In 2009, Hoboken held five elections in eight months, and our citizens had to endure a seemingly endless barrage of campaigning. Few people voted in all five elections. Political consultants, printers and paid campaign workers profited from holding those five separate elections, but Hoboken’s citizens surely did not.
On Nov. 6th, in addition to voting for president, Senate, Congress and school board, Hoboken voters will have the opportunity to vote on Hoboken Ballot Questions 1 and 3, important election reform proposals that would move our nonpartisan local elections from May to November. The candidate with the most votes on that day would be elected to serve, without the need for a runoff election, just like we elect our president, our governor, and virtually every other elected official on Election Day.
This is important, since holding a low turnout runoff election in December would undermine the objective of having our leaders chosen on Election Day in an election in which the largest possible number of voters participate.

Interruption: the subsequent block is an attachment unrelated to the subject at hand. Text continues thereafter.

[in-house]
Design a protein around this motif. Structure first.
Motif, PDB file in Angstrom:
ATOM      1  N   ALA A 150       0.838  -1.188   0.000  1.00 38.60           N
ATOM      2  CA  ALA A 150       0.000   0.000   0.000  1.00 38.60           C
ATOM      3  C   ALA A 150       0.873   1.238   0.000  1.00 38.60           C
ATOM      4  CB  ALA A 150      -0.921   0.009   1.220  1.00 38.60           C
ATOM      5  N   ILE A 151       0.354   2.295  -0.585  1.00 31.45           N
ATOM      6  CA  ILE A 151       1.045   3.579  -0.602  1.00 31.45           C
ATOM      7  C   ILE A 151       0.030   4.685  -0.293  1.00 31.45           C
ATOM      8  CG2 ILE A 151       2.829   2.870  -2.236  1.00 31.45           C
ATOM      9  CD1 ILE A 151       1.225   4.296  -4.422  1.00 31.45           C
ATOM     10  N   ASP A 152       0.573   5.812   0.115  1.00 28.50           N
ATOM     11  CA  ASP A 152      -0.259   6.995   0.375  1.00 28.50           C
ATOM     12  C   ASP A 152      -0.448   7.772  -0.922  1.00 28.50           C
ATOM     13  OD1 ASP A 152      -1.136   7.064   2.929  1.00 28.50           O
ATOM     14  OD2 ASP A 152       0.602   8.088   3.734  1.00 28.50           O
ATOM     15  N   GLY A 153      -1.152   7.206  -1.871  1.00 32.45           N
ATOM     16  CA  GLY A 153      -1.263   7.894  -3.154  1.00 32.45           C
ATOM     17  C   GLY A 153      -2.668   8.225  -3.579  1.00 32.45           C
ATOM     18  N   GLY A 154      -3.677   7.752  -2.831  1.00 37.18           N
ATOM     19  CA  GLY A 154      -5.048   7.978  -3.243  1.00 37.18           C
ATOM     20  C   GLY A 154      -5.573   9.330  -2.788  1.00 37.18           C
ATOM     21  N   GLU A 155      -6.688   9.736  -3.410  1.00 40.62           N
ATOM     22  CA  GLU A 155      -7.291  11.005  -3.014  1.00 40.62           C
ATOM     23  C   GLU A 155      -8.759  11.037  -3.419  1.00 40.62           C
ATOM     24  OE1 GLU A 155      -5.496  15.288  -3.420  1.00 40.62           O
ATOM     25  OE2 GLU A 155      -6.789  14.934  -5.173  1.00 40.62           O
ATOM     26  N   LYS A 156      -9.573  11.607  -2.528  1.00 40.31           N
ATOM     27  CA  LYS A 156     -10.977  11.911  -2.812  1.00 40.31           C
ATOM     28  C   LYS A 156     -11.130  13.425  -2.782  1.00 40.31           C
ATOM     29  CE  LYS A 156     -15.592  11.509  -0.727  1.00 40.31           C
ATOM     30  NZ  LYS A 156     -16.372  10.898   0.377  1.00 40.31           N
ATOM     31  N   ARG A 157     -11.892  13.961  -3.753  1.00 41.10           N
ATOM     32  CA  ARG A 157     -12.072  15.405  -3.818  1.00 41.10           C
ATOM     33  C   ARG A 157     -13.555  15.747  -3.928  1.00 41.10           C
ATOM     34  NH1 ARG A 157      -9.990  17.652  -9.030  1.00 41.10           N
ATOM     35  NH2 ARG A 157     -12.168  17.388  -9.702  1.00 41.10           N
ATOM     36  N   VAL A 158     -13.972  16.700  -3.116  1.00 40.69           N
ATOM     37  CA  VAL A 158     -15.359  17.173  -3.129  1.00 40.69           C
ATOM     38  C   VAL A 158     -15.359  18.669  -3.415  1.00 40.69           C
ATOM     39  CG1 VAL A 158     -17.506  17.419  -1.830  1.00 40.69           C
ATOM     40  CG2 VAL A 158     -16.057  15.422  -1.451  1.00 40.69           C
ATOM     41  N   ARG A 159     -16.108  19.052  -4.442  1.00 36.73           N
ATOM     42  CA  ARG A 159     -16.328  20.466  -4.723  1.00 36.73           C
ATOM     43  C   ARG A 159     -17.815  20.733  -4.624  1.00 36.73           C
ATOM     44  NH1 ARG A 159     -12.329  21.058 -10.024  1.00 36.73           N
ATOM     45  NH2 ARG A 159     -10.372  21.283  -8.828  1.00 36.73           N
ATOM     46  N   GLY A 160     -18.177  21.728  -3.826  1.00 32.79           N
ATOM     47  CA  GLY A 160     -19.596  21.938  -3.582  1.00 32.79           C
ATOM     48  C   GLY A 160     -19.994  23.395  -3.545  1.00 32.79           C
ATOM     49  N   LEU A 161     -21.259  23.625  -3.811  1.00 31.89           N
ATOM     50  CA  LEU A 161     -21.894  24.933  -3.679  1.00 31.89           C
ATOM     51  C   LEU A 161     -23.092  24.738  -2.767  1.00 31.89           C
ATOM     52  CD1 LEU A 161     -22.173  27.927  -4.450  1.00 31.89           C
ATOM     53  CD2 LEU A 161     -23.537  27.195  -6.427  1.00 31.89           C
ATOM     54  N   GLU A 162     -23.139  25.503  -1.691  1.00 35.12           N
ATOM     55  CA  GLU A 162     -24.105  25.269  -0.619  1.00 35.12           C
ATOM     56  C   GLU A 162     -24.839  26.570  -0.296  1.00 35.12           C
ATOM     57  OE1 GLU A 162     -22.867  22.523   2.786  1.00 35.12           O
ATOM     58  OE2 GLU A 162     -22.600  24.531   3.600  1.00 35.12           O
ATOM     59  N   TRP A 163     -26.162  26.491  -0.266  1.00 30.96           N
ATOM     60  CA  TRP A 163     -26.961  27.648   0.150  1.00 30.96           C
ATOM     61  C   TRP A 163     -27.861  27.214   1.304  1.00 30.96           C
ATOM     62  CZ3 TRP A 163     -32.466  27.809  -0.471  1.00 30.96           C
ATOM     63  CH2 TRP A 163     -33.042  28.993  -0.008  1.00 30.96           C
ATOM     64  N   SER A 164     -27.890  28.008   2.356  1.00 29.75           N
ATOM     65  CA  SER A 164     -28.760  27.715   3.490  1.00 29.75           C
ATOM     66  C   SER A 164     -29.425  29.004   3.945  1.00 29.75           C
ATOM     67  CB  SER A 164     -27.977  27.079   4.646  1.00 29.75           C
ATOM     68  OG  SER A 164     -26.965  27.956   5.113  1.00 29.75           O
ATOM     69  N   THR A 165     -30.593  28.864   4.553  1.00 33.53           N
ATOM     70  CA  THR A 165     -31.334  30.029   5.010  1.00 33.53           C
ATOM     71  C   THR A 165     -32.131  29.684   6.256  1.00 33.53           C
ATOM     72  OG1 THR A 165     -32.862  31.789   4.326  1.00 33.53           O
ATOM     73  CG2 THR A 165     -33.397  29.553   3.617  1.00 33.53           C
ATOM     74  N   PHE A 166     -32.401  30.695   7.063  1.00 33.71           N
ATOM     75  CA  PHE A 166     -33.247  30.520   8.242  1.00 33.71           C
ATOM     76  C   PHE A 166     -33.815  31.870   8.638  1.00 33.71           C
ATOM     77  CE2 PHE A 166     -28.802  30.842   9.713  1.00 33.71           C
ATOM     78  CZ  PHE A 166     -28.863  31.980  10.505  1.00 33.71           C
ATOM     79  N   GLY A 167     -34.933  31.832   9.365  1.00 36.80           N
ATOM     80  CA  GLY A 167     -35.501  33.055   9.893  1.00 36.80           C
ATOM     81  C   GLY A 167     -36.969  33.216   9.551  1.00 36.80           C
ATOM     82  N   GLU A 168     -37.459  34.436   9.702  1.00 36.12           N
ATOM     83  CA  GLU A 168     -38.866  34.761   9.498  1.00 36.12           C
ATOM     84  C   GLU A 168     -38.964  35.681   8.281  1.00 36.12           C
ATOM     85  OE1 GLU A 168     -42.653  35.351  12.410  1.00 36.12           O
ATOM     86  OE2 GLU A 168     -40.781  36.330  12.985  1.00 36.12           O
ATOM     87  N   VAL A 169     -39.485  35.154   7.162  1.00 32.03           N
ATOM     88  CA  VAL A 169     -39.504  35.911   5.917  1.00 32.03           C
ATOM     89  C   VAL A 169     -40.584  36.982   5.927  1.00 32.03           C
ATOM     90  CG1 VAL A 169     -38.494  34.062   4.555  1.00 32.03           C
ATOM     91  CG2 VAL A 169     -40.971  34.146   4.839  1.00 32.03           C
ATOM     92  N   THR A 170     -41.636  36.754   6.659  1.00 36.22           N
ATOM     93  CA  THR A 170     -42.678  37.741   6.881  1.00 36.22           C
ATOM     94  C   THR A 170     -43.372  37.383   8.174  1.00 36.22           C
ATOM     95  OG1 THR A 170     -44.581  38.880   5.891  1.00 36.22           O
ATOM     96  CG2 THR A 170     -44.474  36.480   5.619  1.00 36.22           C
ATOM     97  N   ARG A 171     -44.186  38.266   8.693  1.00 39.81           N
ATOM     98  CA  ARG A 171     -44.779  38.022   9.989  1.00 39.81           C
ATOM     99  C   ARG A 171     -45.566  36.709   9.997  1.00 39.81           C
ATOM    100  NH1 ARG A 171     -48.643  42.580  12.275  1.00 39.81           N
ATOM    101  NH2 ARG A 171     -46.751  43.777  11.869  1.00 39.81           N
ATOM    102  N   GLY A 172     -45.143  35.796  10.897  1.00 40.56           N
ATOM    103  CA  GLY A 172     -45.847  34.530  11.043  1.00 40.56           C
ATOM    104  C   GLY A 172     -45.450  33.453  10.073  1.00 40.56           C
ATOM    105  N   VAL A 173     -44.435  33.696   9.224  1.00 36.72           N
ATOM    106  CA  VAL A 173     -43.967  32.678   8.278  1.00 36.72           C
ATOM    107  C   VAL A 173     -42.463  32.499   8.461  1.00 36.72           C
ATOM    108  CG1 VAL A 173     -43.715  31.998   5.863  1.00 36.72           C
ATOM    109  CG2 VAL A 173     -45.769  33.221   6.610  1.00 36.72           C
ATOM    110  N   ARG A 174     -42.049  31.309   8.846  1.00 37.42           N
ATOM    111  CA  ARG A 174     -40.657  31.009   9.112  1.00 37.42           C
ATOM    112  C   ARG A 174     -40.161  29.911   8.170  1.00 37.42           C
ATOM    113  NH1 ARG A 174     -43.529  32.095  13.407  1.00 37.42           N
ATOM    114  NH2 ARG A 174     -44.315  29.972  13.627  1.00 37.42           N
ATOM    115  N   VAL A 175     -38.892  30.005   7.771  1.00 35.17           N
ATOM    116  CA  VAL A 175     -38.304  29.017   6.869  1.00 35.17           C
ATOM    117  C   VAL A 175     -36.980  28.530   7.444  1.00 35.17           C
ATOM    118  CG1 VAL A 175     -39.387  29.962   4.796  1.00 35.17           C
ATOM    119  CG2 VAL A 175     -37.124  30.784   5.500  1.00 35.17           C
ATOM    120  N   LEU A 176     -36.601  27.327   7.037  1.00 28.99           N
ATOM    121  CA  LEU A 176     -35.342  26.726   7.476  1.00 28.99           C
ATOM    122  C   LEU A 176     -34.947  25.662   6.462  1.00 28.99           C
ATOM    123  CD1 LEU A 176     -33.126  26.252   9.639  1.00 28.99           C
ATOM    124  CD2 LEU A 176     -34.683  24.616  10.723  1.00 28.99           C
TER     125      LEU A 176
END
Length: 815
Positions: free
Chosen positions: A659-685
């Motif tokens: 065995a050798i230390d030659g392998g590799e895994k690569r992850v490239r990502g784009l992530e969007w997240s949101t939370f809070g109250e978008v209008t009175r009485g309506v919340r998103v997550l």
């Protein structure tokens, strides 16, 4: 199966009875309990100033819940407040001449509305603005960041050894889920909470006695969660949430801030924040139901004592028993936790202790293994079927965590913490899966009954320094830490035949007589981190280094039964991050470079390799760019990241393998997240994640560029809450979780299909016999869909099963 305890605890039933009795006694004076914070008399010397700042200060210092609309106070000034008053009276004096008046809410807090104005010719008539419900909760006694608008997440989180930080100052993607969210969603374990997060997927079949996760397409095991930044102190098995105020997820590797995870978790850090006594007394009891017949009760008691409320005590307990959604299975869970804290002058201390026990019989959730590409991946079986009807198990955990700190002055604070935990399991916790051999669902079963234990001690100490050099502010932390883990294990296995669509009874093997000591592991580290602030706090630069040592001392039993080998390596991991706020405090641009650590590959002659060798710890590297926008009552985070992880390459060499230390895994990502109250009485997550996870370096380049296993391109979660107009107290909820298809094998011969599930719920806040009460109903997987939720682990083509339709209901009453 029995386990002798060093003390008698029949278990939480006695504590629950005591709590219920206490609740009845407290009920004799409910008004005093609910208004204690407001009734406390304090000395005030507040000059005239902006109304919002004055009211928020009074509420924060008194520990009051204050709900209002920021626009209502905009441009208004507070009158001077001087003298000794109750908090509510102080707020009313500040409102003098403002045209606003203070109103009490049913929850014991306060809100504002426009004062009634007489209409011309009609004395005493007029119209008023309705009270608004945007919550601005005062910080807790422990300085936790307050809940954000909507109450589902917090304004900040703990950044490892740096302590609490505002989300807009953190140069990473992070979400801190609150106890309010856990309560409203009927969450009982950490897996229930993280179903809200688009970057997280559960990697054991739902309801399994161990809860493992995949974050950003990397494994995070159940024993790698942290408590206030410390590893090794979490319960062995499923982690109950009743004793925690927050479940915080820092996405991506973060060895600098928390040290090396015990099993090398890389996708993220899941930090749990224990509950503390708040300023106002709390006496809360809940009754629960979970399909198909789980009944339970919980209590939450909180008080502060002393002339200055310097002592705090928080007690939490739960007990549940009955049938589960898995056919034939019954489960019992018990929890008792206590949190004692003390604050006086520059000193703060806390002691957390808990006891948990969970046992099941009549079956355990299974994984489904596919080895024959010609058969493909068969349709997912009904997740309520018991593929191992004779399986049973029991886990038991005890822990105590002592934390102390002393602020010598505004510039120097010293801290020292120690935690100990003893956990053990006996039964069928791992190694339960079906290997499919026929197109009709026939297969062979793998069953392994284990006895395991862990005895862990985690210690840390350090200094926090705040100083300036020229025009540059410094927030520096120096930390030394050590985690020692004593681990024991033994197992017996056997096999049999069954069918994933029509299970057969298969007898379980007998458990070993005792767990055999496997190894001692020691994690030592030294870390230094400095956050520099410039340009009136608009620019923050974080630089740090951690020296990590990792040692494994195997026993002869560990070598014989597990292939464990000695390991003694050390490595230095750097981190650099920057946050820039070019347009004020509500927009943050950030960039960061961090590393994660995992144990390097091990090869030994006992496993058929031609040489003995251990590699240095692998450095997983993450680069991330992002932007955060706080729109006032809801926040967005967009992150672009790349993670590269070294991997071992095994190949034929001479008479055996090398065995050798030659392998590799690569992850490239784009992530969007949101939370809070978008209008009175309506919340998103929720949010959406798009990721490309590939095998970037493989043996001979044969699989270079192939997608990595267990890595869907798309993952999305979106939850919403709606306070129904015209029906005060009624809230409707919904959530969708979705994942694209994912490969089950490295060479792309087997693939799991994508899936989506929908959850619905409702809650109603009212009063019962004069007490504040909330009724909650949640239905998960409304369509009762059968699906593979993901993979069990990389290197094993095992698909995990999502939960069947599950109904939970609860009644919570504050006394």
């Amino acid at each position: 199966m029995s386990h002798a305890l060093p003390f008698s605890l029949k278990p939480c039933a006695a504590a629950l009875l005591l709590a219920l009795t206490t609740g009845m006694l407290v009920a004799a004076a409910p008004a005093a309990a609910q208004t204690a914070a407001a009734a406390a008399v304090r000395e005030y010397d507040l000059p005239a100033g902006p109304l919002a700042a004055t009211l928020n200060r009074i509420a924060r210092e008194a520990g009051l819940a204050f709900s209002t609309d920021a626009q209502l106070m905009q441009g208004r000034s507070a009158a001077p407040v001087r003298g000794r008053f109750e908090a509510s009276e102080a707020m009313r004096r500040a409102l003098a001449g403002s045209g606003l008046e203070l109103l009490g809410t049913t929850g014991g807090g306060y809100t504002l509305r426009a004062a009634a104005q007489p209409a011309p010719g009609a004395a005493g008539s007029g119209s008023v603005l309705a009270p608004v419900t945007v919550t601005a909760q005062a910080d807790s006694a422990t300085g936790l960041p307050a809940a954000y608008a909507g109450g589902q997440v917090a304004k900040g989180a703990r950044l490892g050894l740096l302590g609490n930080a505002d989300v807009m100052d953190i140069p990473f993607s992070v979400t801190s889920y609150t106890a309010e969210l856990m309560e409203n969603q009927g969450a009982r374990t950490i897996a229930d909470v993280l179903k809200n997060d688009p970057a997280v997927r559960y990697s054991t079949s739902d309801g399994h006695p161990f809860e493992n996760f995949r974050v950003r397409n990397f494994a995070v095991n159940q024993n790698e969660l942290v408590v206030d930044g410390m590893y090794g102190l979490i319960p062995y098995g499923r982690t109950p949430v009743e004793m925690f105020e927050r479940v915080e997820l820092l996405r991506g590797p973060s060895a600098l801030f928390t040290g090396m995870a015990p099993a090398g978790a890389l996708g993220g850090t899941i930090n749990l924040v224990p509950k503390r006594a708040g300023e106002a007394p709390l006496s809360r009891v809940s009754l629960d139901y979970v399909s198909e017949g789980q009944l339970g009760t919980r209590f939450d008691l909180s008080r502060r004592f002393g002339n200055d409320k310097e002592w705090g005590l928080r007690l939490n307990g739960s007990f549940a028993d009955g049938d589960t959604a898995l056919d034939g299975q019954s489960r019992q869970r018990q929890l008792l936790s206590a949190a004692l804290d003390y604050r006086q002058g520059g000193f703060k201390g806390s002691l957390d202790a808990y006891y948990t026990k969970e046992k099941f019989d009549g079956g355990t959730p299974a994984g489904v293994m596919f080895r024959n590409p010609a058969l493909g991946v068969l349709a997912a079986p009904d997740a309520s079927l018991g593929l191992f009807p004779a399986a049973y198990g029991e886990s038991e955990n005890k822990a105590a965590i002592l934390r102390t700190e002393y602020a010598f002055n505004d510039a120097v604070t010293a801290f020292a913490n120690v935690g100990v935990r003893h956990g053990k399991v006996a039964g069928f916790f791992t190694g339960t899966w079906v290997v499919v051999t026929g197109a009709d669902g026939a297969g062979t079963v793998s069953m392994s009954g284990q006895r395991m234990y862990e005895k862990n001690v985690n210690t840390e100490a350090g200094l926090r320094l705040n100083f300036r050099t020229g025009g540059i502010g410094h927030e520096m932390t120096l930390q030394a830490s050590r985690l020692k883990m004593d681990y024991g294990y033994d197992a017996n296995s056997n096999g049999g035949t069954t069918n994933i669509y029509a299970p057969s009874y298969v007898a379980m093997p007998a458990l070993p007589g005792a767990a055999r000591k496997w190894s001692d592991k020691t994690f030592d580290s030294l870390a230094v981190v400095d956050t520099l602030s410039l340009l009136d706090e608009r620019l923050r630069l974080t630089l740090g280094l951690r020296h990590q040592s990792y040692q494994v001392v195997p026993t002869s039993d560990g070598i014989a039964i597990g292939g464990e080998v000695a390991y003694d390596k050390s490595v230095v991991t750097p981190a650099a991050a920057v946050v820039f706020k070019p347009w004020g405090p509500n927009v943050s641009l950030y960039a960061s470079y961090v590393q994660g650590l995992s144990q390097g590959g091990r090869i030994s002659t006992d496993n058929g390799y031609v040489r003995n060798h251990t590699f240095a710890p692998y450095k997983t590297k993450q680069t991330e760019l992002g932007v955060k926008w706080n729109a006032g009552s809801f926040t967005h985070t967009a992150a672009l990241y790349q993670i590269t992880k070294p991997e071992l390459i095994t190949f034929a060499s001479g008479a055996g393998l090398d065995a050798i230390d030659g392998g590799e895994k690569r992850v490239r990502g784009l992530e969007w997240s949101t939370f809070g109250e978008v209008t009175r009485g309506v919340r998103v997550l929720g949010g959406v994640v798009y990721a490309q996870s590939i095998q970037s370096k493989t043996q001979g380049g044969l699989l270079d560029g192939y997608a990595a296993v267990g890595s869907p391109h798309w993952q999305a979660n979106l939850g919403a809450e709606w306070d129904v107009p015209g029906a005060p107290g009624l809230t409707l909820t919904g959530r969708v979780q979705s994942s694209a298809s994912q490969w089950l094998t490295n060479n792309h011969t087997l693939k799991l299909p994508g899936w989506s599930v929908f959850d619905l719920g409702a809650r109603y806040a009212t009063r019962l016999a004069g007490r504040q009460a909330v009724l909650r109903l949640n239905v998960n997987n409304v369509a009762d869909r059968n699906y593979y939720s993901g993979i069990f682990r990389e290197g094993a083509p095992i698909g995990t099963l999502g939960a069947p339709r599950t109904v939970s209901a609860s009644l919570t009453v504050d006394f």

Our local elections are currently held in a separate, often low-turnout election in May, with an additional runoff election, if necessary, a month later. Consolidating the elections as proposed would increase voter participation, reduce voter fatigue and save taxpayers money – as much as $125,000 per unnecessary election.
The school board has already voted to move its elections to November, so this proposal would reduce the number of elections we hold to two – the June primary and November general election. I will be voting YES on Hoboken Ballot Questions 1 and 3 and I urge you join with me in supporting these important reforms.
Hoboken Ballot Question 2 is a proposal to move our rent control system toward vacancy decontrol. While the details are too complicated to explain in a short letter, I do not feel that the proposal contains sufficient protections to ensure that existing tenants are treated properly. While the proposal does contain some penalties for the harassment of tenants, the penalties are, in my opinion, relatively toothless and an insufficient deterrent in light of the substantial financial incentives in the proposal to create apartment vacancies. I will therefore be voting NO on Hoboken Ballot Question 2.
I urge all Hoboken voters to learn as much as they can about these important ballot questions and to remember to cast their votes on Nov. 6.
Mayor Dawn Zimmer